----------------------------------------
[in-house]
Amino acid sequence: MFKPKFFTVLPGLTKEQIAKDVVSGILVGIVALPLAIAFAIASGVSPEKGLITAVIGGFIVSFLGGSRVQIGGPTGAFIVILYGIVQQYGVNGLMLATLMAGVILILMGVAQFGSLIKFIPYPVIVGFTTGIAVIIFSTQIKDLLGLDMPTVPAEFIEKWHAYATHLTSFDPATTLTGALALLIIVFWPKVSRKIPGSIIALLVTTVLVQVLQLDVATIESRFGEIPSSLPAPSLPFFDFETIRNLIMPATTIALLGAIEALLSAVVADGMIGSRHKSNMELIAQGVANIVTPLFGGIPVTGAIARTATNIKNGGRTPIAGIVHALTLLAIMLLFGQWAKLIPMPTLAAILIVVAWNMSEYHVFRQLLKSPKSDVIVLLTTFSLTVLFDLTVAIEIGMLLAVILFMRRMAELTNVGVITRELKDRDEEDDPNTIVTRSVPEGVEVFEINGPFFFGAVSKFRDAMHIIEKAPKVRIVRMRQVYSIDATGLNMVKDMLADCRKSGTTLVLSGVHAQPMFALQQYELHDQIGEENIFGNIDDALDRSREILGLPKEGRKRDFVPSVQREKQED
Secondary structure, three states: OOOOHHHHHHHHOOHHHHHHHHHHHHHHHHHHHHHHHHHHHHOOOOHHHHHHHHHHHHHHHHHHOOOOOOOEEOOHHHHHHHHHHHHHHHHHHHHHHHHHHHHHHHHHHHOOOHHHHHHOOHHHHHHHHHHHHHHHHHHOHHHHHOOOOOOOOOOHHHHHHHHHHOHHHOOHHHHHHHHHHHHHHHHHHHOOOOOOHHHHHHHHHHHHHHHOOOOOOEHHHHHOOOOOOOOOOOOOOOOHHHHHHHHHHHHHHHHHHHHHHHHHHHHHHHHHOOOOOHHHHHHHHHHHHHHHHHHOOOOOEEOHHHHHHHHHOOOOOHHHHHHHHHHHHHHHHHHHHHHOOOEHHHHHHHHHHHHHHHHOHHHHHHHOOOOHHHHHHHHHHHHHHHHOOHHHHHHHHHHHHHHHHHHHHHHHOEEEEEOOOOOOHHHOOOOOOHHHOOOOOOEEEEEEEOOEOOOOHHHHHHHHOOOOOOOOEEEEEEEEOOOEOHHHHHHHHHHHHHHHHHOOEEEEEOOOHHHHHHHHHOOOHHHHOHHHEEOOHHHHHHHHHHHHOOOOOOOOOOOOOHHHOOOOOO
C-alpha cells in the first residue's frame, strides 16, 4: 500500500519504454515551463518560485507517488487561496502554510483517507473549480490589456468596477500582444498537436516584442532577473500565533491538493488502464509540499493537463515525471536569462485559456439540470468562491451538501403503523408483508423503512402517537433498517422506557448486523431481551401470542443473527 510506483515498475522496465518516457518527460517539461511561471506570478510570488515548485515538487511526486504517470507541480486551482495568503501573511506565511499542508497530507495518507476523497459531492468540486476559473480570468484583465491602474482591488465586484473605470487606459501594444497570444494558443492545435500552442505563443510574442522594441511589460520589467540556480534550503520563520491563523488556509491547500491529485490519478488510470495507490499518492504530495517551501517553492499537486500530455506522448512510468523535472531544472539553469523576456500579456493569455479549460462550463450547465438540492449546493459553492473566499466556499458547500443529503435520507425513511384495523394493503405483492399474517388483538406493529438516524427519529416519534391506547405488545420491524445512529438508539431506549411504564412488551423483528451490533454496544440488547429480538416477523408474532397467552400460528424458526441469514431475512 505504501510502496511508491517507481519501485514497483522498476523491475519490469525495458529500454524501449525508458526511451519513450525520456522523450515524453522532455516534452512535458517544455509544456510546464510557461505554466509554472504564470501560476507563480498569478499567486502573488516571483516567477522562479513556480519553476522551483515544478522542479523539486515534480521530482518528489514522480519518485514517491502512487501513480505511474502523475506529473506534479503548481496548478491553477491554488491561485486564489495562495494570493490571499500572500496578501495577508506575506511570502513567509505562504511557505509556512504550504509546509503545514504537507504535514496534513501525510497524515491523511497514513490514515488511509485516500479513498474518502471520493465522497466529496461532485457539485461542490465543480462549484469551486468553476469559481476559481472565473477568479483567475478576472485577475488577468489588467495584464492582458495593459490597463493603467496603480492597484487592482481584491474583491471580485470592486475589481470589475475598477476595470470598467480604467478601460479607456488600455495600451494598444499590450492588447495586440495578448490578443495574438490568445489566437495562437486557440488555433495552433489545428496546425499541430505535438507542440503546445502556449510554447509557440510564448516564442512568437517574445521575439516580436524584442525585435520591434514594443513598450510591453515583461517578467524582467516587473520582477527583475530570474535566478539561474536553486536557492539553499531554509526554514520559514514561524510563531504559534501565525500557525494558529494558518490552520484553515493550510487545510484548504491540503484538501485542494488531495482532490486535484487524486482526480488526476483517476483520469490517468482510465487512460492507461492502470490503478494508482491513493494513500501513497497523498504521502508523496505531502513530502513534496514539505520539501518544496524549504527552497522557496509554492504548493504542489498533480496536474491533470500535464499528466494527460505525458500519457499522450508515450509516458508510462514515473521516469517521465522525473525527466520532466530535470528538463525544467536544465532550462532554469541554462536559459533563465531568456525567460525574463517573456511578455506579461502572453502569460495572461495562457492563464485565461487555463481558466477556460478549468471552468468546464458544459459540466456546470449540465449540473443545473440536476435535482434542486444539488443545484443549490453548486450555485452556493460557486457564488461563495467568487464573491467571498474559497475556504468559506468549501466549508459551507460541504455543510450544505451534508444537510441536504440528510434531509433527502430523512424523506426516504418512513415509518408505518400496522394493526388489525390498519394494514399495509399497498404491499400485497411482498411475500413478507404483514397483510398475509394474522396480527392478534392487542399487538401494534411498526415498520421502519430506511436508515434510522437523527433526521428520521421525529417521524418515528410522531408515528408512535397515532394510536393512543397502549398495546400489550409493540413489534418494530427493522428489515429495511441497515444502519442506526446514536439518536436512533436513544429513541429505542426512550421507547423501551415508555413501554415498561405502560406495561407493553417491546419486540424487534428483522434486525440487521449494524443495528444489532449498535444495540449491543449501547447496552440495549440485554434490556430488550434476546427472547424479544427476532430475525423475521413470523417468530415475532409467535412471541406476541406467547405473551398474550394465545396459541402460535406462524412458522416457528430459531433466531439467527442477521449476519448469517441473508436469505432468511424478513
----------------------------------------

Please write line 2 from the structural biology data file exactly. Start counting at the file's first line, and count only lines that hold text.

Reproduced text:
Amino acid sequence: MFKPKFFTVLPGLTKEQIAKDVVSGILVGIVALPLAIAFAIASGVSPEKGLITAVIGGFIVSFLGGSRVQIGGPTGAFIVILYGIVQQYGVNGLMLATLMAGVILILMGVAQFGSLIKFIPYPVIVGFTTGIAVIIFSTQIKDLLGLDMPTVPAEFIEKWHAYATHLTSFDPATTLTGALALLIIVFWPKVSRKIPGSIIALLVTTVLVQVLQLDVATIESRFGEIPSSLPAPSLPFFDFETIRNLIMPATTIALLGAIEALLSAVVADGMIGSRHKSNMELIAQGVANIVTPLFGGIPVTGAIARTATNIKNGGRTPIAGIVHALTLLAIMLLFGQWAKLIPMPTLAAILIVVAWNMSEYHVFRQLLKSPKSDVIVLLTTFSLTVLFDLTVAIEIGMLLAVILFMRRMAELTNVGVITRELKDRDEEDDPNTIVTRSVPEGVEVFEINGPFFFGAVSKFRDAMHIIEKAPKVRIVRMRQVYSIDATGLNMVKDMLADCRKSGTTLVLSGVHAQPMFALQQYELHDQIGEENIFGNIDDALDRSREILGLPKEGRKRDFVPSVQREKQED